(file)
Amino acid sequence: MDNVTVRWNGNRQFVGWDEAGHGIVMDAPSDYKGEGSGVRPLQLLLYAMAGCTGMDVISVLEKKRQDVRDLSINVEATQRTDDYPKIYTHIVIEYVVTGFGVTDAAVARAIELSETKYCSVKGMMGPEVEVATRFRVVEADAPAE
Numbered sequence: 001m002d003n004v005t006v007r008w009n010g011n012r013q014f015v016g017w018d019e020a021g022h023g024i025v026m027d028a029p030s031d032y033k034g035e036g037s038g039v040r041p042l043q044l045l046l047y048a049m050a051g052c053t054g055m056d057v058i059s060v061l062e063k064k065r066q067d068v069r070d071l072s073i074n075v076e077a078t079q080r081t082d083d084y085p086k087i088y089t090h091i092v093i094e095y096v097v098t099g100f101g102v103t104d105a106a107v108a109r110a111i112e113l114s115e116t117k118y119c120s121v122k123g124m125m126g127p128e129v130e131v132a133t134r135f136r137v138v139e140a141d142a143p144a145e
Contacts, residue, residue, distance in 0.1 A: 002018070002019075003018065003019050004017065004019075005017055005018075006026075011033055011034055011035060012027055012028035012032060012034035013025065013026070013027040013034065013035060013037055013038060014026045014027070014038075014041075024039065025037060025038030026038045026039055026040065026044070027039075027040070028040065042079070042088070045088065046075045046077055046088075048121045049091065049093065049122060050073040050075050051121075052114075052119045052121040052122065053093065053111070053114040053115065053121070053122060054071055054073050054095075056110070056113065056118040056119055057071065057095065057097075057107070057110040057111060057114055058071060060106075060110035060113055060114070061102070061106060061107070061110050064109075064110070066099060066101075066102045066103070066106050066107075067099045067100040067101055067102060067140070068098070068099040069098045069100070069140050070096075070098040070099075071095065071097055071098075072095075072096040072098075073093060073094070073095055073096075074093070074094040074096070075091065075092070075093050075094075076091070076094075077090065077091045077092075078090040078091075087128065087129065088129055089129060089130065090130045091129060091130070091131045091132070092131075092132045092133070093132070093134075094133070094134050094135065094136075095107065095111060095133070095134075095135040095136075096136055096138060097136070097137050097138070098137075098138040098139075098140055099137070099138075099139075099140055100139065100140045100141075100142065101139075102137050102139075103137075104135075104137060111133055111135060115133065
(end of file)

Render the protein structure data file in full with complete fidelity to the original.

Amino acid sequence: MDNVTVRWNGNRQFVGWDEAGHGIVMDAPSDYKGEGSGVRPLQLLLYAMAGCTGMDVISVLEKKRQDVRDLSINVEATQRTDDYPKIYTHIVIEYVVTGFGVTDAAVARAIELSETKYCSVKGMMGPEVEVATRFRVVEADAPAE
Numbered sequence: 001m002d003n004v005t006v007r008w009n010g011n012r013q014f015v016g017w018d019e020a021g022h023g024i025v026m027d028a029p030s031d032y033k034g035e036g037s038g039v040r041p042l043q044l045l046l047y048a049m050a051g052c053t054g055m056d057v058i059s060v061l062e063k064k065r066q067d068v069r070d071l072s073i074n075v076e077a078t079q080r081t082d083d084y085p086k087i088y089t090h091i092v093i094e095y096v097v098t099g100f101g102v103t104d105a106a107v108a109r110a111i112e113l114s115e116t117k118y119c120s121v122k123g124m125m126g127p128e129v130e131v132a133t134r135f136r137v138v139e140a141d142a143p144a145e
Contacts, residue, residue, distance in 0.1 A: 002018070002019075003018065003019050004017065004019075005017055005018075006026075011033055011034055011035060012027055012028035012032060012034035013025065013026070013027040013034065013035060013037055013038060014026045014027070014038075014041075024039065025037060025038030026038045026039055026040065026044070027039075027040070028040065042079070042088070045088065046075045046077055046088075048121045049091065049093065049122060050073040050075050051121075052114075052119045052121040052122065053093065053111070053114040053115065053121070053122060054071055054073050054095075056110070056113065056118040056119055057071065057095065057097075057107070057110040057111060057114055058071060060106075060110035060113055060114070061102070061106060061107070061110050064109075064110070066099060066101075066102045066103070066106050066107075067099045067100040067101055067102060067140070068098070068099040069098045069100070069140050070096075070098040070099075071095065071097055071098075072095075072096040072098075073093060073094070073095055073096075074093070074094040074096070075091065075092070075093050075094075076091070076094075077090065077091045077092075078090040078091075087128065087129065088129055089129060089130065090130045091129060091130070091131045091132070092131075092132045092133070093132070093134075094133070094134050094135065094136075095107065095111060095133070095134075095135040095136075096136055096138060097136070097137050097138070098137075098138040098139075098140055099137070099138075099139075099140055100139065100140045100141075100142065101139075102137050102139075103137075104135075104137060111133055111135060115133065